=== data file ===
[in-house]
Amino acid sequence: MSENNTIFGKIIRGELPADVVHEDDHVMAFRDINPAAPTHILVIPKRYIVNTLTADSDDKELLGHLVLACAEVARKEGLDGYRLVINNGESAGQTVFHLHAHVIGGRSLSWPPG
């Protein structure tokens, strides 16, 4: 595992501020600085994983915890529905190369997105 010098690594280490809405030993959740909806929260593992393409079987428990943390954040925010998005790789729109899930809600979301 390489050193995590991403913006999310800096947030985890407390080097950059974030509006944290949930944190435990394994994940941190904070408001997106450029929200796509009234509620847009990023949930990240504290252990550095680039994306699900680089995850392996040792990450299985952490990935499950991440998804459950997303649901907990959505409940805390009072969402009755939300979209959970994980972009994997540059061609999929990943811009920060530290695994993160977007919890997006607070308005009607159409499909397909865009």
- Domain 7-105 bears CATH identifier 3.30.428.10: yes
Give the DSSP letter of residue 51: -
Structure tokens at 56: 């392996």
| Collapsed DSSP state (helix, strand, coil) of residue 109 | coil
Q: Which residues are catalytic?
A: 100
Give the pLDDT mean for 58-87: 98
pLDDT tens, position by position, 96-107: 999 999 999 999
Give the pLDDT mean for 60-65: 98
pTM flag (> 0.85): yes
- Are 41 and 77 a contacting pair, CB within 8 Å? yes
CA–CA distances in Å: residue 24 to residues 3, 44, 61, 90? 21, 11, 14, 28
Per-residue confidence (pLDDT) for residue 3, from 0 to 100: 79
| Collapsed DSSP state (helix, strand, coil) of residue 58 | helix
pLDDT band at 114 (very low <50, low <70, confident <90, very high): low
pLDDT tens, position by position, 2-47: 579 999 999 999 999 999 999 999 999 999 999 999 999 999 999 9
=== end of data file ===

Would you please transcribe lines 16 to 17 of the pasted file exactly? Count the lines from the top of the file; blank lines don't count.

Per-residue confidence (pLDDT) for residue 3, from 0 to 100: 79
| Collapsed DSSP state (helix, strand, coil) of residue 58 | helix